To say I’m irritated is an understatement, it’s more like infuriated. Here’s what happened. I was booked to do a show nearly three weeks ago. It was a fairly big show, but not one of my largest. I was hesitant about taking it in the first place because the client was very demanding. But my agent insisted that it was worth the hassle. I should have known then.
The first sign was at my initial go-see. We were fairly confident that I would get booked, but we had heard horror stories about this client. I went in with an open attitude. I currently had nothing going on, and I was in need of some more money.
When I showed up, the casting manager immediately sighed and muttered, “1 inch.”
“Excuse me?” I asked, smiling politely.
“I need you to lose an inch from around your waist. You’re too… Well, just lose it okay.”
He then scribbled in his notebook and nodded me away.
Over the next two weeks, I dieted and exercised until my waist was exactly 1 inch smaller. It wasn’t that much of a problem, but it was definitely an inconvenience. Then I got the call from my agent.
“Hey, you’ve booked that show at the end of the month but the client wants all of the models blonde. They’ve also requested that you go exclusive until the actual show.”
“Wait, so I can’t book anything the next three weeks?”
“Yeah, but it will be worth it – you’ll get great exposure on this one..”
So I sat it out but decided to make the most of my time. I posted about my booking on Instagram, showing off my smaller waist. I posted about my fitting. I posted pictures of my newly blonde hair. I figured if I wasn’t allowed to work the next three weeks, I might as well be working on lining up my next contract.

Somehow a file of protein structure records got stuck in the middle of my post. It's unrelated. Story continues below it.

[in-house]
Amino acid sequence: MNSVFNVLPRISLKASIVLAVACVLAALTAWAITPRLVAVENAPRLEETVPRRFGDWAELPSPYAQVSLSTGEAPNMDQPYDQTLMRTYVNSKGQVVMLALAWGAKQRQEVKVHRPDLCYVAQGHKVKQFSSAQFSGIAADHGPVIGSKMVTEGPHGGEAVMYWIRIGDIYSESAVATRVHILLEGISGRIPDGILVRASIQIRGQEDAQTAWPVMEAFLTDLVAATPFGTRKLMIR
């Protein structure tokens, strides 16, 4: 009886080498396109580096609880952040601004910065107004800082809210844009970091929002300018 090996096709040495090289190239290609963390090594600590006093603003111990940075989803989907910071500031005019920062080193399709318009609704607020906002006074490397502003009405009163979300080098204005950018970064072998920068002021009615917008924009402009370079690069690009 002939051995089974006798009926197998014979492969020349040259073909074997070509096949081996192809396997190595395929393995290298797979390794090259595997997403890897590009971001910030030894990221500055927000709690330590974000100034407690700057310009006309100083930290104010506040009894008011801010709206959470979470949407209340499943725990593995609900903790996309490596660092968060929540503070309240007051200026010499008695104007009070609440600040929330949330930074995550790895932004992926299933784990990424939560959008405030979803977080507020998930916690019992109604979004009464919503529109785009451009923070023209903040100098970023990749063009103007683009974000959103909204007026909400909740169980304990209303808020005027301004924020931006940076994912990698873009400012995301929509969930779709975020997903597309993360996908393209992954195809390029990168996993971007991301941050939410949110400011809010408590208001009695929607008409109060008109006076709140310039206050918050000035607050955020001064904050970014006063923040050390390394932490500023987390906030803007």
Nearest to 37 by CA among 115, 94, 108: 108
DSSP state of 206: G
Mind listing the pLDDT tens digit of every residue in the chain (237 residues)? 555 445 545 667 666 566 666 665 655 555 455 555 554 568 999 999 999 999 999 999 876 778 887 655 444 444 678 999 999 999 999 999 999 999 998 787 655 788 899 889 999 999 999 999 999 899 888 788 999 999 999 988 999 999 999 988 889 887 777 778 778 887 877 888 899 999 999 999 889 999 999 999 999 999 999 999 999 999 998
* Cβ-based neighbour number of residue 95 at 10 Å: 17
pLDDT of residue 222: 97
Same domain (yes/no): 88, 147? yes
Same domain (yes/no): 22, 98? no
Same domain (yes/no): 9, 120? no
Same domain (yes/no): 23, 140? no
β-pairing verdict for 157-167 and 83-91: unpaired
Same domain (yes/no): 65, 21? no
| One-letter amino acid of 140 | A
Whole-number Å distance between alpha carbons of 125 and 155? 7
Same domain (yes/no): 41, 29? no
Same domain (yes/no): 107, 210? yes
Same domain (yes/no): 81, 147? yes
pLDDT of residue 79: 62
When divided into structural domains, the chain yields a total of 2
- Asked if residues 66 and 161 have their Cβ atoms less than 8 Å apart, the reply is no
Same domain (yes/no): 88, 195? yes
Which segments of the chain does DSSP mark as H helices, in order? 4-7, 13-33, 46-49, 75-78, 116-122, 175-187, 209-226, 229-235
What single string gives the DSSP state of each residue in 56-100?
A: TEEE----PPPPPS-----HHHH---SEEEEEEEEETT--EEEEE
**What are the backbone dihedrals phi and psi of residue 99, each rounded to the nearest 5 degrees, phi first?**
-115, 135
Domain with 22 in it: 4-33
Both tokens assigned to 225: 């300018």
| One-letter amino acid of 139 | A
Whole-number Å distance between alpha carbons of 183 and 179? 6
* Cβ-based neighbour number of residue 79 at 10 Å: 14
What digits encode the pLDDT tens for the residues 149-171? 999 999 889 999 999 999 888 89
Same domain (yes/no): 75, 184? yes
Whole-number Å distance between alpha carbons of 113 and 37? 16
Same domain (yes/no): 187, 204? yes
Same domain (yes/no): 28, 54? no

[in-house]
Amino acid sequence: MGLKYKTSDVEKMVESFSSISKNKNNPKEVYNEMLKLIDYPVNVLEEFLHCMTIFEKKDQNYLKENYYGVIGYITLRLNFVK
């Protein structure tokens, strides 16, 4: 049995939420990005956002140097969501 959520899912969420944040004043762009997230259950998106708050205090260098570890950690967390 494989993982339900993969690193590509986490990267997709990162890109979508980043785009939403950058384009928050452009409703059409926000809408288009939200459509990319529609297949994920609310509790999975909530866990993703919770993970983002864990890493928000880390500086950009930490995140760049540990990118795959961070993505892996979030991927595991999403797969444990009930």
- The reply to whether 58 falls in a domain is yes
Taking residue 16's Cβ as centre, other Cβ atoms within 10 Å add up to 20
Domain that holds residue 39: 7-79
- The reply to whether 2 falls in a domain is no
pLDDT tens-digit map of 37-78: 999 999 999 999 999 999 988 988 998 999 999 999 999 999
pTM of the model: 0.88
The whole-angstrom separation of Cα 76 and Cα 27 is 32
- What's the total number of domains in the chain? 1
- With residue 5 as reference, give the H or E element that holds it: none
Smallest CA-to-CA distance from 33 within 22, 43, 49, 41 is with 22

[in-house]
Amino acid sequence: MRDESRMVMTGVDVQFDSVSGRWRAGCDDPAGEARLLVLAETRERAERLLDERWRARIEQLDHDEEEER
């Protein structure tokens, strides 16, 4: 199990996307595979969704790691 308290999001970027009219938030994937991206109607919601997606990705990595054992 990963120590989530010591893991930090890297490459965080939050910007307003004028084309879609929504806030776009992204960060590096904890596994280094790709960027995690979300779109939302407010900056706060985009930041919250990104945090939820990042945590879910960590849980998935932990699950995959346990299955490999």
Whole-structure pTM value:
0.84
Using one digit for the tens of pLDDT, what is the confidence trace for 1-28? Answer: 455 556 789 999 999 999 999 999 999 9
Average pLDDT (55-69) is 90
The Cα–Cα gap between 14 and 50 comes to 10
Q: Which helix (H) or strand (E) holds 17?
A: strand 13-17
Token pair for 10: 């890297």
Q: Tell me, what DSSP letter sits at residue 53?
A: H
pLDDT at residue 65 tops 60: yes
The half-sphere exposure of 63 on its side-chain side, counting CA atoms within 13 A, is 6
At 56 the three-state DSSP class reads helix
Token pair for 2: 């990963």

When the day of the show came, I was ready. I had prepared, gotten plenty of sleep and had everyone’s well wishes. I mean, honestly I was more excited about getting it over with than anything else. This one show had tied up so much of my life the last month that my walk down the runway was similar to crossing a finish line. In my mind, I was about to do my victory strut!
Makeup finished, clothed pinned, I was standing in line waiting for the moment of truth to make my big debut. I had butterflies in my tummy, probably because I couldn’t stomach any food for fear of jumping up that one inch. We were on the final run-through, daydreaming about the flashing cameras, the media and publicity that would roll in post show, when suddenly I felt a hard poke on in the shoulder.
“You – out” an assistant wrinkled their nose and pointed at me while speaking into their headset and in the background I see the designer looking at the girls in the line up and pin pointing me and one other to hang our head and be removed from the crop.
I had gotten pulled from the show. It was the other thing this designer was known for –changing his mind. My heart sunk harder than anything I can possibly remember.
As I walked quietly out the door, tears started to run down my mascara all over my face. All I wanted to do was run back and give that designer a piece of my mind, and then push onto the runway and tell everyone in the crowd what a beast they were applauding, how tortured, sad and exhausted every model in the show was, how damaged my poor bleached blond hair was, and how I never would ever model again – but instead, I grabbed a makeup wipe, wiped down my tears and bowed my head underneath my hoodie past the paparazzi to leave the show.
Four years later, I am still modeling and count my lucky stars I didn’t make a scene, but still – no matter how much money I make or how good a client is to me, I will never forget the heartbreak of that moment. It never leaves you.